Sotheby’s has made a huge splash in time for its April auctions by offering two incredibly valuable and rare blue diamonds at auction, one at its NY auction house and one at its Hong Kong auction house. Christie’s has attempted to stir up the same attention, but with a rare ruby ring that they will offer on April 20th in New York. Of course, Christie’s will be offering numerous fancy color diamond jewelry pieces as well, but they have chosen a 15.99 carat ruby named the ‘Jubilee Ruby’ to headline its auction proceedings, as gemstones have also proven in recent years that they can attain incredible prices at auction as well. Let’s take a look at the highlights of the auction, how Christie’s has valued them, and the stories behind these pieces!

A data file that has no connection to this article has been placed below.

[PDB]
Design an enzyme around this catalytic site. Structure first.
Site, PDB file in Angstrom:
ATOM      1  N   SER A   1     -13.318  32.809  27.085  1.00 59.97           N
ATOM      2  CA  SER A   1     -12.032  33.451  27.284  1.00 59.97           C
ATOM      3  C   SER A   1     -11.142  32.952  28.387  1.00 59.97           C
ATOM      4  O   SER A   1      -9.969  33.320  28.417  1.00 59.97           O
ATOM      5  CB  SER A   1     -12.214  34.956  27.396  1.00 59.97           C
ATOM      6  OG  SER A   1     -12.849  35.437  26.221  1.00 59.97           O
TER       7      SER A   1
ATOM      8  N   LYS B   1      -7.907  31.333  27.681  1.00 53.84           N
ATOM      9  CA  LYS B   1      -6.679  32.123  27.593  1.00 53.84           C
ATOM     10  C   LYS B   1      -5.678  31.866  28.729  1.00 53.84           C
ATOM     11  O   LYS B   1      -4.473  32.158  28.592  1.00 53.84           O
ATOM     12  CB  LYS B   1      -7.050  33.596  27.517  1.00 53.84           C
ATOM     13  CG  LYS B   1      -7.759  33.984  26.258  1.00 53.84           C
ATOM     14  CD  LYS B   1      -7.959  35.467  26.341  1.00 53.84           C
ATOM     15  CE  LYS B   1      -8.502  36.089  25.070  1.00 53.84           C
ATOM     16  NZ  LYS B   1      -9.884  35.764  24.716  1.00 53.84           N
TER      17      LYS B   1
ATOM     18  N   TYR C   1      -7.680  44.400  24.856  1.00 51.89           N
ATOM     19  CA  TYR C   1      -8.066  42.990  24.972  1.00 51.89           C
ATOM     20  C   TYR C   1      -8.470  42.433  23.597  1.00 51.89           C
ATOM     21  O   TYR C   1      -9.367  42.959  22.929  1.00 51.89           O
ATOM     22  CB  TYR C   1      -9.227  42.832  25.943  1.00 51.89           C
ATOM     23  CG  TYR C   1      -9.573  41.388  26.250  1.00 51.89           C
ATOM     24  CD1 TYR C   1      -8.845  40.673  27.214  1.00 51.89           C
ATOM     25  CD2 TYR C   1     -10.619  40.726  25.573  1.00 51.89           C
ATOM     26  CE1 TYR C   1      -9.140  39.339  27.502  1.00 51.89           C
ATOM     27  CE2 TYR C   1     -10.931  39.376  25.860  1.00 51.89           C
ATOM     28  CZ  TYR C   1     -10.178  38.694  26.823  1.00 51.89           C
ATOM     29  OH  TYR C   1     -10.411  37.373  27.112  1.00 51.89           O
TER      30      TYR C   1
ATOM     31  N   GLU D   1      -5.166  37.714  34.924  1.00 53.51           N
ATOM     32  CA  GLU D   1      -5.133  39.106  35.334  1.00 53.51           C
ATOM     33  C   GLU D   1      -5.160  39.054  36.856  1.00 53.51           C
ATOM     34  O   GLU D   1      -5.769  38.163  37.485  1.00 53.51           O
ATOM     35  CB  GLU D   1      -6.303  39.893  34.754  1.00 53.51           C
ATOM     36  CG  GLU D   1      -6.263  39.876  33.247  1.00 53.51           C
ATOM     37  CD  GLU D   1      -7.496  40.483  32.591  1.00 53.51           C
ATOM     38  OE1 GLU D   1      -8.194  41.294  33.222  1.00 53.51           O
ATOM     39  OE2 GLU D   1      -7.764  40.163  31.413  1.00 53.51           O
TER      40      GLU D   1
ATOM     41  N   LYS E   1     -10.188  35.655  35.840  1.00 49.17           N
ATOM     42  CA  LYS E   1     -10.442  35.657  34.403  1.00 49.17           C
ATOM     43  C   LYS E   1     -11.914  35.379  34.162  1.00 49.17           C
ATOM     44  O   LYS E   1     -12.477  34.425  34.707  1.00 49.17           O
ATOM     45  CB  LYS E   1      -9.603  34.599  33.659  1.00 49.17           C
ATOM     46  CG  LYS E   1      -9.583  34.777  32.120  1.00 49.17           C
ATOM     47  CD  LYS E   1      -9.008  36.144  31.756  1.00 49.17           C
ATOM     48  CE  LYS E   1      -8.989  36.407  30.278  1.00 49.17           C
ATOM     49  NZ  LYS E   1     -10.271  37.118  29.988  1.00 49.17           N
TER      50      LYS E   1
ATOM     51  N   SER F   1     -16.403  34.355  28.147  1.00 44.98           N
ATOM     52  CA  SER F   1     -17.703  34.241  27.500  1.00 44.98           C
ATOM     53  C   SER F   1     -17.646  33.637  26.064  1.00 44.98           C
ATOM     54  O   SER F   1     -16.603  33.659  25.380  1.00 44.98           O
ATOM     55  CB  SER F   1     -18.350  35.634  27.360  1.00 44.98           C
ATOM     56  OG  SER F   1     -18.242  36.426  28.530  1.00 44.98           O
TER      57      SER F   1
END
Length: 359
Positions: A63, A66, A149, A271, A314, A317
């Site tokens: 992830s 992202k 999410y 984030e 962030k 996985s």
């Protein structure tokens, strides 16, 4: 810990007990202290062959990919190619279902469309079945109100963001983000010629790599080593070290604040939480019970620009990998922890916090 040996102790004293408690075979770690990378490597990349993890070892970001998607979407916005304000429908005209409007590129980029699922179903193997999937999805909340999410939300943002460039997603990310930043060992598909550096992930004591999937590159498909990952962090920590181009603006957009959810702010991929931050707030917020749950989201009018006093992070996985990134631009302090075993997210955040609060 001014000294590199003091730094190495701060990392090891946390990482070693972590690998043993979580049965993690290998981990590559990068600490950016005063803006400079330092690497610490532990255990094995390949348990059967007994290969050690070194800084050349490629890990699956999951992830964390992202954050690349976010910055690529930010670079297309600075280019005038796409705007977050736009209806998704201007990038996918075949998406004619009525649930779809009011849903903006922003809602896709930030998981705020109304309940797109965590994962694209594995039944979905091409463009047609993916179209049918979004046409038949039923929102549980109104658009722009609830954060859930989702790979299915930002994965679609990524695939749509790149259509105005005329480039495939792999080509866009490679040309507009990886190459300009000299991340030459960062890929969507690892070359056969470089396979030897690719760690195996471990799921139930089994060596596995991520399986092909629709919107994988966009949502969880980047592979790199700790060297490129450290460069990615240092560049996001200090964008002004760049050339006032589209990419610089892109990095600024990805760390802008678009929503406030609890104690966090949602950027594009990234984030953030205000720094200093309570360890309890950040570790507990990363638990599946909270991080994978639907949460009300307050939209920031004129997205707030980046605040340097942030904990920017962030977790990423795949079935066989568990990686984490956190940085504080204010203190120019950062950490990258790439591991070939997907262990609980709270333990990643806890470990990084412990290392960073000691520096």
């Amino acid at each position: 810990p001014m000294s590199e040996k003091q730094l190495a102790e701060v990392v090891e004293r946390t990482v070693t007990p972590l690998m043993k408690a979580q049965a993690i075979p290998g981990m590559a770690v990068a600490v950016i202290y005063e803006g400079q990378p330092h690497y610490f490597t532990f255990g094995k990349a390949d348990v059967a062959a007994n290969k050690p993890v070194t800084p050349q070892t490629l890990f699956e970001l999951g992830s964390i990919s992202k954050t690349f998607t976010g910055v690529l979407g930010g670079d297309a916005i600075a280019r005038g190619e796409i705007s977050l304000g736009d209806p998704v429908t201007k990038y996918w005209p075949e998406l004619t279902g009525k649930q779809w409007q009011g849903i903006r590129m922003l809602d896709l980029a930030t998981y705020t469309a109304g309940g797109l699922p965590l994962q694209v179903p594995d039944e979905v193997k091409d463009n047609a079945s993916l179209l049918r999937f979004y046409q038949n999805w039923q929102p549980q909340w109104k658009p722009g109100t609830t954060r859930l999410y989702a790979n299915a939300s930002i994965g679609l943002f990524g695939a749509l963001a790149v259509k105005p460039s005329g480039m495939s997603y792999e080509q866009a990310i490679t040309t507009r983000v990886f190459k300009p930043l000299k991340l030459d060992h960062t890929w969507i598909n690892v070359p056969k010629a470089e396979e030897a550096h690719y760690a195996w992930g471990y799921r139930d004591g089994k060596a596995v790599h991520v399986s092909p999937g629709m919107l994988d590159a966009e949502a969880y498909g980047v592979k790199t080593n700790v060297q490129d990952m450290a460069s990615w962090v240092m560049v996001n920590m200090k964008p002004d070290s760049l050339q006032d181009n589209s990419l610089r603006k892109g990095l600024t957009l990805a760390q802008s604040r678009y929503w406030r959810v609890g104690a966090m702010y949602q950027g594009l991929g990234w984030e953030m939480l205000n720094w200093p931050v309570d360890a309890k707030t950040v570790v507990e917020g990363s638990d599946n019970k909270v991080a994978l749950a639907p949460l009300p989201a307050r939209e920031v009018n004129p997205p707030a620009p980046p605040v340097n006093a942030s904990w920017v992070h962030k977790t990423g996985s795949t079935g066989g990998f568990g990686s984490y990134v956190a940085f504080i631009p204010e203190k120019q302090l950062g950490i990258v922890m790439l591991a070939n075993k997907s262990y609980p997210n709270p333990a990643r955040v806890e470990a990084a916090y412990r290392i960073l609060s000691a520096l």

Fancy Intense Yellow
To kick off the morning session, Christie’s Lot #47 is a 39.12 carat Fancy Intense Yellow diamond ring with Internally Flawless clarity. It is valued at between $800k to $1.2 million, or $20.5k to $30.7k per carat. This is a rather modest valuation by Christie’s considering the extremely high clarity grade and relatively high color grade, which gives me cause for speculation. Not having seen the diamond, I would imagine 2 reasons why they may have chosen this route: Either the color is weak, even though it is certified as an Intense Yellow, or the auction house is valuing it at a price where a true sale price would seem a phenomenal price compared to valuation. They would have reason to do this if as we suspect, Christie’s is trying to keep up with Sotheby’s this season and is looking to break a record to get into the media. For those uninitiated – during some auction seasons, Sotheby’s carries the headlining jewels, and during others, that honor goes to Christie’s. They are neck and neck in competition to stay innovative and relevant, and to keep this market alive.